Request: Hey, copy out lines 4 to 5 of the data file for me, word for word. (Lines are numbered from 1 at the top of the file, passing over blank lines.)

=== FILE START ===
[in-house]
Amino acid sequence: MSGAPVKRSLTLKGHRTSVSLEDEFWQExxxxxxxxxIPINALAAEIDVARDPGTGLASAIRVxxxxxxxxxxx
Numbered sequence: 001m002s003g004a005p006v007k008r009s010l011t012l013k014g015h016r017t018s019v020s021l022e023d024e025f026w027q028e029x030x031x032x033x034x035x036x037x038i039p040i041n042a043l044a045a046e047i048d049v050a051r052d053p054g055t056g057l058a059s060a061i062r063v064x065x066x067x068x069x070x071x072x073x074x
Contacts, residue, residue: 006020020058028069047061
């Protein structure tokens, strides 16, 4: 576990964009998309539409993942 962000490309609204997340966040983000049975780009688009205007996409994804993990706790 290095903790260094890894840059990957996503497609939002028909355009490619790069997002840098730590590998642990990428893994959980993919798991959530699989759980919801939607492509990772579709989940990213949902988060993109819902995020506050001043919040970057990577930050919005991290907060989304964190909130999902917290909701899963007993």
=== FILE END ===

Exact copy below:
Contacts, residue, residue: 006020020058028069047061
């Protein structure tokens, strides 16, 4: 576990964009998309539409993942 962000490309609204997340966040983000049975780009688009205007996409994804993990706790 290095903790260094890894840059990957996503497609939002028909355009490619790069997002840098730590590998642990990428893994959980993919798991959530699989759980919801939607492509990772579709989940990213949902988060993109819902995020506050001043919040970057990577930050919005991290907060989304964190909130999902917290909701899963007993």